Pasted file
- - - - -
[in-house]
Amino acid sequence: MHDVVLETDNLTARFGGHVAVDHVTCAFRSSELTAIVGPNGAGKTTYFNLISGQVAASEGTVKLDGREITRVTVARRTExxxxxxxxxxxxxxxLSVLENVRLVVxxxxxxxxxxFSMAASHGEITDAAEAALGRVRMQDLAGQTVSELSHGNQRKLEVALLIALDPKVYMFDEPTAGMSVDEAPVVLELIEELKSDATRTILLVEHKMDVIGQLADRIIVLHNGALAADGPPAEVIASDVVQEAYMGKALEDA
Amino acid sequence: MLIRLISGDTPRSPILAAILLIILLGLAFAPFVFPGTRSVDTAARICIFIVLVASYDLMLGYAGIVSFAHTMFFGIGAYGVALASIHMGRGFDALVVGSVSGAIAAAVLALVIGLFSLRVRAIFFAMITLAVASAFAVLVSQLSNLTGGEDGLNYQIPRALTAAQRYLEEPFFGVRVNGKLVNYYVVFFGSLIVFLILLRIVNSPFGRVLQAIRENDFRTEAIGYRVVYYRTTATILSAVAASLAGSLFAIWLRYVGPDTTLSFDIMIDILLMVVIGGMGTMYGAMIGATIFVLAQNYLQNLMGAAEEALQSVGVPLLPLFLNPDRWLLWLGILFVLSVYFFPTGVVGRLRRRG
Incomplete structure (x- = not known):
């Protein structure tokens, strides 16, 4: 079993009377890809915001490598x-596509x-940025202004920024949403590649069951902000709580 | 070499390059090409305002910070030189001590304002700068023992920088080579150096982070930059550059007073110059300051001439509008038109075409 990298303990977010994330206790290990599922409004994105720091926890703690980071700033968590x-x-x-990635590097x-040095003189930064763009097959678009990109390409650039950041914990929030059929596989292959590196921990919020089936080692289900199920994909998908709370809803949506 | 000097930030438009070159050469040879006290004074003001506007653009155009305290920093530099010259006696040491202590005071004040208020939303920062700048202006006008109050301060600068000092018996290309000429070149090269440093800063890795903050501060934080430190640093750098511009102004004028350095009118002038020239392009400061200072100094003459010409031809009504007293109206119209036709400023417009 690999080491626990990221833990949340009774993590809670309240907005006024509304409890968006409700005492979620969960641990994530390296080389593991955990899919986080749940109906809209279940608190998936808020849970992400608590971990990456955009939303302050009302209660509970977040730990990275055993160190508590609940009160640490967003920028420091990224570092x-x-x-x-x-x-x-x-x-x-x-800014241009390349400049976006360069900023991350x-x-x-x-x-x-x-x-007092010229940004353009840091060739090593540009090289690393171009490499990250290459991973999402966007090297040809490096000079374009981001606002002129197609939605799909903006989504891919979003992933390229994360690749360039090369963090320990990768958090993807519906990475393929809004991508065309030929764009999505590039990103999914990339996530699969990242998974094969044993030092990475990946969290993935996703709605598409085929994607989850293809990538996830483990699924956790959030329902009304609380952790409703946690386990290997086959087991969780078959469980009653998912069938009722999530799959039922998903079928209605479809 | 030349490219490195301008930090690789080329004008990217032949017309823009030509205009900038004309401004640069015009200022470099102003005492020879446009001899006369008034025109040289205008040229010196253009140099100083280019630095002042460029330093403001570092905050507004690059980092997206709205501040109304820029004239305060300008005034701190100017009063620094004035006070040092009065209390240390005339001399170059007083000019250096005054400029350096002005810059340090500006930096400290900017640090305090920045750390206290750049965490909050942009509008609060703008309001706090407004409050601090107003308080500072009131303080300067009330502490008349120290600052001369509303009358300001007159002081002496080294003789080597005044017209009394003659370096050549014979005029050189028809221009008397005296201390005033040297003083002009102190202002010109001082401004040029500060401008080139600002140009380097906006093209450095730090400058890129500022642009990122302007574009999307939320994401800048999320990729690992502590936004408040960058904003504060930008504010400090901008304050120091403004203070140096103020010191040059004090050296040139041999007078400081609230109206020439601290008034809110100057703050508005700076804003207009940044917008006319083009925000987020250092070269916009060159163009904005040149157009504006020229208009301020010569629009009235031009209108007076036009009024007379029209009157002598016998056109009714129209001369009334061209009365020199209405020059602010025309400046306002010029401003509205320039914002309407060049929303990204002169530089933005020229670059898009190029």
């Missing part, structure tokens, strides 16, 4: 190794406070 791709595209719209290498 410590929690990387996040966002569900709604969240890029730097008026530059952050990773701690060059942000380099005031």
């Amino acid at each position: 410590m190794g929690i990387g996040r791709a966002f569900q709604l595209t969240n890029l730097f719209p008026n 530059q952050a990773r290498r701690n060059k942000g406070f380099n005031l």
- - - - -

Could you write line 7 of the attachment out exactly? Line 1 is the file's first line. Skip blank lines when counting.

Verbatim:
């Amino acid at each position: 410590m190794g929690i990387g996040r791709a966002f569900q709604l595209t969240n890029l730097f719209p008026n 530059q952050a990773r290498r701690n060059k942000g406070f380099n005031l």